On Tuesday, Alex Jones, owner of the conspiracy-touting website Infowars, was ordered to pay nearly $1 Billion in damages to Sandy Hook victims’ families and one F.B.I. agent. Today’s writing prompt will be based on his time in court and the events surrounding it. Keep reading to see the full writing prompt and my completed version of it.
Today’s Writing Prompt: Witnessing Alex Jones in Court
Today, write from the perspective of a fictional onlooker in and around the courtroom during Alex Jones’s recent trial. Write about what they would be seeing, thinking, and feeling.
Here are some resources to read regarding the trial and verdict:
- Vox. Alex Jones’s lies have cost him $965 million in a second Sandy Hook trial
- The New York Times. Alex Jones was ordered to pay $965 million to the families of eight Sandy Hook victims and an F.B.I. agent.
- NewsTimes. Alex Jones wears ‘Save the 1st’ Amendment tape on mouth as he arrives at court for Sandy Hook trial
- The Washington Post. Alex Jones ordered to pay nearly $1 billion to Sandy Hook families
Completed Version of Today’s Writing Prompt
Hypocrisy on Trial, by K.E. Creighton
I see him walk toward the courthouse. He has a piece of white tape over his mouth with words on it. The words read, “Save the 1st” with an advertisement for his website underneath them. I gawk at him and his casual defilement of what millions have died to protect for centuries now— so he can make millions off children’s corpses?
The irony is that he is the one who wants to distort the right to free speech, and no one really sees the distortion. Whose free speech? He’s actively working to take away the voice of the deceased. They can’t lie— the deceased— especially when and where there is proof. Aren’t their tiny corpses evidence enough? What is his evidence? His hubris? His knack for earning millions by exploiting massacred children?
In the courtroom, he’s on the stand and looks bored. His forced apathy is palpable, making him look empty. His body takes up space, but there’s nothing substantial there. He smirks and says everyone is too emotional, attempting to act superior, but his assumed hate betrays his juvenile discontent—his hypocrisy. In the audience, a father of a little girl who was murdered looks at him with a blank stare.
I am under no fanciful notion that he will one day feel shame or remorse for using children’s assassinated bodies, and his attempt to gag their short-lived lives. I don’t want to hear him offer apologies because they’re not sincere or real. At least, not as real to him as the money he made off the children’s backs, which he’ll need to forfeit now. Even if only metaphorically, his verdict sends a message of what he’s worth, too …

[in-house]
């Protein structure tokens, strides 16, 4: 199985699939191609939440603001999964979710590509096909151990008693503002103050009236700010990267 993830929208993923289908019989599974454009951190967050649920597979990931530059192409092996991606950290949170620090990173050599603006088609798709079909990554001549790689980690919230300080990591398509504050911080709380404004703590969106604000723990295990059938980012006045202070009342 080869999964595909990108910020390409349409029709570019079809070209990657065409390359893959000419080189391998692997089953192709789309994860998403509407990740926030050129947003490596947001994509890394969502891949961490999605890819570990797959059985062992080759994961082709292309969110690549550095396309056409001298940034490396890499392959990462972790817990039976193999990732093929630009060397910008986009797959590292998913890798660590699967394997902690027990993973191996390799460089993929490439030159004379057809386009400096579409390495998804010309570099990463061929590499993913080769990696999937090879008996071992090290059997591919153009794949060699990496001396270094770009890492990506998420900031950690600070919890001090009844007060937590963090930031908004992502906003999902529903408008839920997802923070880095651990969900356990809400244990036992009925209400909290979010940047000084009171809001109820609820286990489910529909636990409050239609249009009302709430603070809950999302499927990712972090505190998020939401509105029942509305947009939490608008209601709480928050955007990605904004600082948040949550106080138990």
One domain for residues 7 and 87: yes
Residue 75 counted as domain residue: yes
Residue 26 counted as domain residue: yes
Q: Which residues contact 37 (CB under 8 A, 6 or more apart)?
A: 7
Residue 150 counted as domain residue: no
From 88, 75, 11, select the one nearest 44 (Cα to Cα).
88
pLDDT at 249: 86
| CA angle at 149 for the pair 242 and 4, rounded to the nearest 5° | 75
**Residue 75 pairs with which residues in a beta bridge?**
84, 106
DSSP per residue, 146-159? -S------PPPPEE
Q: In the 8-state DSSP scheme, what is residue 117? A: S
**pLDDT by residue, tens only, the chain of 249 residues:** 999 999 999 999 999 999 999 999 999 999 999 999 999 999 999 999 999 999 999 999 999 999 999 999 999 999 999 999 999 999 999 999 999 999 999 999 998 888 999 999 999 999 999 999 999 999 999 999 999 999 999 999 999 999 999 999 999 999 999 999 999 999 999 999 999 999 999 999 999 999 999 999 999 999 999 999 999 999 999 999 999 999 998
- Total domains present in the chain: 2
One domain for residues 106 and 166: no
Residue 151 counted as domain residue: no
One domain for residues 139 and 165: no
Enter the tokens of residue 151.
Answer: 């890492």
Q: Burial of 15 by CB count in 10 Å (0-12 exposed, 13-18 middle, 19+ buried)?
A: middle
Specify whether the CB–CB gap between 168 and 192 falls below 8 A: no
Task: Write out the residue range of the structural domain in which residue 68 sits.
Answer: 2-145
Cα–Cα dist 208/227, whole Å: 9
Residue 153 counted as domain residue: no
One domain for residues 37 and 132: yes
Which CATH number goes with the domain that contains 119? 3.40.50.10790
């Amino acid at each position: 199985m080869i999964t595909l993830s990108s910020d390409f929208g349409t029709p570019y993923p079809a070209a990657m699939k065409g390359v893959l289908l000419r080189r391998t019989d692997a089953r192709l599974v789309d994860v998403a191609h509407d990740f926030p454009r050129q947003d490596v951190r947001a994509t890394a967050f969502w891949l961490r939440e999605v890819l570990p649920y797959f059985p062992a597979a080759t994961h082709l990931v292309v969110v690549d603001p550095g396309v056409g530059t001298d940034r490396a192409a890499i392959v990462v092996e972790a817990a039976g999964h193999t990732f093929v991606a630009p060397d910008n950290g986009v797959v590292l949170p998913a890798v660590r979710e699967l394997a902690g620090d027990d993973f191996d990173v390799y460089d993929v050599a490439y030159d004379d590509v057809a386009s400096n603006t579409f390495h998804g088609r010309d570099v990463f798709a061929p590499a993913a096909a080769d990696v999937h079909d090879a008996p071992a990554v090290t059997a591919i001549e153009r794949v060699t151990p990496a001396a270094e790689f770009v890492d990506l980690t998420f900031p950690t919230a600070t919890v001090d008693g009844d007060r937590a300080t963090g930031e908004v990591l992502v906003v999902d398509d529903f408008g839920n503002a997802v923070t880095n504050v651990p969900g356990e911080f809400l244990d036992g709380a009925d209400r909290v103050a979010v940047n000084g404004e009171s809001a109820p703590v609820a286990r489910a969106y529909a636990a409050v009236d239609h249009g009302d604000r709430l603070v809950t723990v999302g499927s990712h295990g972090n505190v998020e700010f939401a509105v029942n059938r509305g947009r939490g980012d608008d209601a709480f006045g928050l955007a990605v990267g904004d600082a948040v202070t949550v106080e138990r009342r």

[All Rights Reserved by K.E. Creighton and Creighton’s Compositions LLC. The above work is a piece of fiction. All names and locations referred to are the product of the author’s imagination and are used entirely for fictional purposes. Any similarities to real-life persons or places are purely coincidental.]
Notes on Completing this Writing Prompt
When I wrote today, I didn’t quite nail down a specific onlooker whose perspective I wanted to use. I could have written from the perspective of a journalist or photographer or family member, etc. But, alas, the above is what I came up with in the end. And it’s a very rough draft.
It’s hard to fathom everything Alex Jones did and still does. At the same time, I’m not angry. I will not be angry because anger is what fuels him; it’s literally what earns him money and feeds him. And I don’t want him to be fueled or be able to make a living that way anymore. I want him to pay damages, of course. But more than that, I want more and more people to truly recognize what free speech is all about now, and discuss what defamation is and why it legally exists.
This case isn’t about Alex Jones— he doesn’t care and never will— it’s time to forget him, but not what he’s done. Otherwise, he’s getting exactly what he wants: anger-fueled attention that makes him money. He’s ordered to pay, so follow up on him paying, then forget him. This case is really about free speech and what it means. Free speech is not to be taken for granted or referred to so capriciously and recklessly— and surely not to be touted while denying the very real massacre of small children in order to turn a profit.